Today, thousands of specialty health food stores across Canada and the United States (U.S.) carry the Green Beaver brand. Proudly Canadian, this family-owned company offers organic and chemical-free household cleaning and personal care products. Green Beaver’s extensive product line includes natural shampoos, fluoride-free toothpaste, mineral sunscreen, and aluminium-free deodorant.
Concerned with the amount of harmful ingredients found in everyday products, biochemist Karen Clark, and microbiologist Alain Ménard, launched the company in 2002 with the intention to create healthier, all-natural alternatives.
For Green Beaver, success lies not just in its quality natural products, but also in its solid brand image. Recognizing the value of intellectual property (IP) from the start, Karen and Alain considered how their brand name would be perceived in Canada and abroad. They also leveraged trademark protection to distinguish their company’s brand from others.
Green Beaver’s trademark journey
The name for us was really important. It was a way to differentiate ourselves from the majority of our competitors, which came from the U.S. or Europe.
The value of trademarks
A trademark can be a powerful marketing tool and a valuable business asset. A registered trademark can:
- prevent competitors from using it
- express your brand’s values and attract customers to your business
- set you apart from the competition
- help you establish customer trust and loyalty, and a solid presence in the marketplace
- protect your corporate image and increase the value of your brand
In a market dominated by American and European competitors, Alain and Karen saw their trademark as an opportunity to build a strong Canadian brand image.
When choosing a brand name, Alain and Karen discovered that most brand names in the market were generic. This convinced them to opt for a name that would be out of the ordinary, while also underlining its Canadian origin. As a result, the couple carefully chose the term “Green” to express the purity of their products, and the word “Beaver” to convey the Canadian origin of the company.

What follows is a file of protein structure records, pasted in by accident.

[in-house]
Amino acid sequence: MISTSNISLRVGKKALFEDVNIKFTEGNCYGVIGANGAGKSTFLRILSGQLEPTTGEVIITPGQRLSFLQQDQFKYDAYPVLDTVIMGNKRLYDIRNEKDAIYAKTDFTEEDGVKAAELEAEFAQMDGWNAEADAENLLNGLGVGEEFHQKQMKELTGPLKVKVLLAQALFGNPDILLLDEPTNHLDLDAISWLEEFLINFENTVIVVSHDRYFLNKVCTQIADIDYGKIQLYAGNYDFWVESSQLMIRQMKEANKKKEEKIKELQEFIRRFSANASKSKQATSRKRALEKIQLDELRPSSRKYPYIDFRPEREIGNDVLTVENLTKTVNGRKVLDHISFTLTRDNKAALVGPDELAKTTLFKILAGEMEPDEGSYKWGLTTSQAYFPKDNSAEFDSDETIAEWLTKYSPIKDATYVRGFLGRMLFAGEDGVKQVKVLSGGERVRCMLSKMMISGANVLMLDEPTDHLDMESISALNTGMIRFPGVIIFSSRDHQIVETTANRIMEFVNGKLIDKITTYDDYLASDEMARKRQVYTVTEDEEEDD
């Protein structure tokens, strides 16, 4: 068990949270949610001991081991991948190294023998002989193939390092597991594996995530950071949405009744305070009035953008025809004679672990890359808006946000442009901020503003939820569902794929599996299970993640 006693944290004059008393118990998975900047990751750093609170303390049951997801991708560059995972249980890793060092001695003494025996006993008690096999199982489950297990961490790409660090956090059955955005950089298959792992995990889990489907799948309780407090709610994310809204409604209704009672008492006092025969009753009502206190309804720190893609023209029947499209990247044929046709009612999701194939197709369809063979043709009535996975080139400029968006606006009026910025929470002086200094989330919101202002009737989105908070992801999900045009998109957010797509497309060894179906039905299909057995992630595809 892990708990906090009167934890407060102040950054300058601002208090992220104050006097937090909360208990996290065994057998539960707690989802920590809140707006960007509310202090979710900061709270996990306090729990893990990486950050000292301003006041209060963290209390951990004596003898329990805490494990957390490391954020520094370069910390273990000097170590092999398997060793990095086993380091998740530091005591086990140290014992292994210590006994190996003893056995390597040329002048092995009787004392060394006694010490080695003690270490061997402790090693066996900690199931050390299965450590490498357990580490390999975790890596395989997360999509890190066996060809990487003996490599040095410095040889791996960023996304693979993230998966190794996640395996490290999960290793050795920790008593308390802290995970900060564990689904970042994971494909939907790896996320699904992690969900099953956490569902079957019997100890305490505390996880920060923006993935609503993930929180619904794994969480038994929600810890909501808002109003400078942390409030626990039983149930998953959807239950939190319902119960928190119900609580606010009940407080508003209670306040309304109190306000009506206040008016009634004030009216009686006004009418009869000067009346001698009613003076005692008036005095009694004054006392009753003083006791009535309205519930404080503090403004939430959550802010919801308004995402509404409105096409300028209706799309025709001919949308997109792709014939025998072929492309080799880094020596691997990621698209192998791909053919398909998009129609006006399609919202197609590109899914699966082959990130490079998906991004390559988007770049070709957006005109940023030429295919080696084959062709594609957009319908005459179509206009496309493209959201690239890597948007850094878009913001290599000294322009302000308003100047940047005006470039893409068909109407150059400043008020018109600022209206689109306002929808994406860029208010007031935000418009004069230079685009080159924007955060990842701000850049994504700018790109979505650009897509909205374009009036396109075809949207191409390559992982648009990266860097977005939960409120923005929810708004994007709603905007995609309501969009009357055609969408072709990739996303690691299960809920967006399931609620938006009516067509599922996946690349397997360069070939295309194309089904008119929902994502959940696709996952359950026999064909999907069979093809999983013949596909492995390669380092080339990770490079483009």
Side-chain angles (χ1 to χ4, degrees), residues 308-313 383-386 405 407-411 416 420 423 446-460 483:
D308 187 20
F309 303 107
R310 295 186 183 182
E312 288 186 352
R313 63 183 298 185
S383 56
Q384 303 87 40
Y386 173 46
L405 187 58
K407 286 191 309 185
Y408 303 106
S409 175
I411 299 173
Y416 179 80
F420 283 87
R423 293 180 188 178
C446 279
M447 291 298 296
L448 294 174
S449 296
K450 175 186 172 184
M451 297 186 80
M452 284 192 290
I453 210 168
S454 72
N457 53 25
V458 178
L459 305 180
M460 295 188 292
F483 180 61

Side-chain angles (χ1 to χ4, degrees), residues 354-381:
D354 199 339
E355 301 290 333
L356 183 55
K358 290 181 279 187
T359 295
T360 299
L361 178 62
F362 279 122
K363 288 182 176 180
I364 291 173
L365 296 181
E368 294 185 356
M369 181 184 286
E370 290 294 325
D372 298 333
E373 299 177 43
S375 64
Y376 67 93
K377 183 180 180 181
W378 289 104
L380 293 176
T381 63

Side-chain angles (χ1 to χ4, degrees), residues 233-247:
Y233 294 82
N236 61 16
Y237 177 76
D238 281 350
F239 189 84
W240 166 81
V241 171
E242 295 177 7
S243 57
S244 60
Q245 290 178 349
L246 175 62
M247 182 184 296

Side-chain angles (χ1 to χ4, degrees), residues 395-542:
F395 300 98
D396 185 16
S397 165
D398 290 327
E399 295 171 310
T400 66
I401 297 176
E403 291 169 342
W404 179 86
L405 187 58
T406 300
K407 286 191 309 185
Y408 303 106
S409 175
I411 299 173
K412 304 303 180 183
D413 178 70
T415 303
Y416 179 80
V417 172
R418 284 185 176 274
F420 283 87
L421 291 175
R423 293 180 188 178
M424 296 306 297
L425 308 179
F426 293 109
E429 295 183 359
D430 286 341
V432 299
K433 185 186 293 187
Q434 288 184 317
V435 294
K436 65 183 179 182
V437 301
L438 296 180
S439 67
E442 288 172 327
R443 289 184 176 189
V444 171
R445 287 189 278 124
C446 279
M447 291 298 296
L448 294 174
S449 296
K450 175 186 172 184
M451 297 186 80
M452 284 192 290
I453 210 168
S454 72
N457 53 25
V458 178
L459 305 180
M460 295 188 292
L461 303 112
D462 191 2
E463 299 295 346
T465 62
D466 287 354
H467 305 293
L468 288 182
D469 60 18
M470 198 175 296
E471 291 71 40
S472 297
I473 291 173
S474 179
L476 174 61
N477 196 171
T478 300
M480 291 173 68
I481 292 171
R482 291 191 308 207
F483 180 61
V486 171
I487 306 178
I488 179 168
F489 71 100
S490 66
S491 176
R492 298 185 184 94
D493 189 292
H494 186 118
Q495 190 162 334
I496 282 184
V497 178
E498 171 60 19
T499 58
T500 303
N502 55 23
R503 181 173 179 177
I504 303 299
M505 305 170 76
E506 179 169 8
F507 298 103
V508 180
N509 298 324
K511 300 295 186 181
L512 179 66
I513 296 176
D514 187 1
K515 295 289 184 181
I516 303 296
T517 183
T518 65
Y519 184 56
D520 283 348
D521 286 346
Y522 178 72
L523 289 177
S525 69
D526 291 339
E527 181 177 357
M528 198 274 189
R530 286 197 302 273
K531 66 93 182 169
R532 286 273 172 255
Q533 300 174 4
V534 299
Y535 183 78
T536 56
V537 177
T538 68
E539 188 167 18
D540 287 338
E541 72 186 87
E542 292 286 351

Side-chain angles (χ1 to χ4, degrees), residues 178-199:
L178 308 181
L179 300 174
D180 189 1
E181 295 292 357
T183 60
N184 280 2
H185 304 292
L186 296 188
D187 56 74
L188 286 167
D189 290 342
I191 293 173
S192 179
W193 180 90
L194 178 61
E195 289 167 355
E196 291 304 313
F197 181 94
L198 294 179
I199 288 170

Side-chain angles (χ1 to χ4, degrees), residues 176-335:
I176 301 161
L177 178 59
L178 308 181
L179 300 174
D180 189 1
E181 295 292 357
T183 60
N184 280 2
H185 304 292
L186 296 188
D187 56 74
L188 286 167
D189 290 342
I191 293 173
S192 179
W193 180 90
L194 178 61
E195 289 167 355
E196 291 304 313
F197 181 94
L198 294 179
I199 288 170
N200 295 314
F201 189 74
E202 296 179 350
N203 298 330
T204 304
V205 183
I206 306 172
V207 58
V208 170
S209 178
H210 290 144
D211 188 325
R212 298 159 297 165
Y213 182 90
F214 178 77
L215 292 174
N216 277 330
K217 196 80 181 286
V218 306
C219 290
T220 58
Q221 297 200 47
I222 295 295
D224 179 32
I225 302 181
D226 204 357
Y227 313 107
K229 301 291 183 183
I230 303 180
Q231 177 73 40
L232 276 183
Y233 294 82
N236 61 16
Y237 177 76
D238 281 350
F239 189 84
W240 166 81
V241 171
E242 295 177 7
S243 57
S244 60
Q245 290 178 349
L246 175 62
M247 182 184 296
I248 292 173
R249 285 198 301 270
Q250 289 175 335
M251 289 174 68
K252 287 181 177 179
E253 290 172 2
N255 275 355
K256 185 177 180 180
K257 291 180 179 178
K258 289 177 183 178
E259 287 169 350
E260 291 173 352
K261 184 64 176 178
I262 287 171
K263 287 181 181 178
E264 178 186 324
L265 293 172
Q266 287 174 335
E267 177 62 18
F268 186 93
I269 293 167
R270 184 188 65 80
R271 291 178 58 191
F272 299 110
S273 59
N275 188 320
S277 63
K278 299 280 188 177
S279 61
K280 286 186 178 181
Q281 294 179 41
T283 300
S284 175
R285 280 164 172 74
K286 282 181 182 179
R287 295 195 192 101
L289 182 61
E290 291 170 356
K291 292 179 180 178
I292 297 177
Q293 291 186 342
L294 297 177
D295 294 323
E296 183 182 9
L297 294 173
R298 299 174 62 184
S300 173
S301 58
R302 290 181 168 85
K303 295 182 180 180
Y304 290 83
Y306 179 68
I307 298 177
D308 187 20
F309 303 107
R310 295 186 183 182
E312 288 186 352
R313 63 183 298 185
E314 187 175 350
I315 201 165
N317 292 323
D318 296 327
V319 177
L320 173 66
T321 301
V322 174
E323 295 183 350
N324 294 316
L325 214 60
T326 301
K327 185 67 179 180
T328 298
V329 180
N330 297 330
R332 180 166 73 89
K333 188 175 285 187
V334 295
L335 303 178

Alain searched the Canadian Trademarks Database before registering the brand name. This ensured they would not infringe on other registered brands, and that the name was unique enough for the company to distinguish itself from the competition.
Alain and Karen worked with specialized law firms that helped them navigate the registration process in Canada and later, in the U.S. Before registering “Green Beaver” in the U.S., the couple beta-tested their brand name to ensure it was suitable for the export markets. In the testing sample, customers associated the beaver with Canada, and “Green” with purity—the ideal image for a natural personal care company.
Building customer loyalty through trademarks
Through its effective use of IP, Green Beaver has established a lasting relationship with its customers, which led to a strong customer loyalty base, as well as a good reputation by word of mouth within the natural health community.
With a solid brand image that is associated with natural ingredients, Green Beaver has also attracted a loyal base of conscientious customers in pursuit of a healthier lifestyle.
Trademark tips from the owners of Green Beaver:
- Choose your brand name carefully—it expresses your brand’s message and sets you apart from your competitors.
- Consider what your brand name will convey both in Canada and in other countries.
- If you plan to export, you should take steps to protect your IP in targeted foreign markets.
- Consult a trademark professional for advice regarding trademark protection and to guide you through the registration process.
Consult the IP experts on how to develop an IP strategy for success.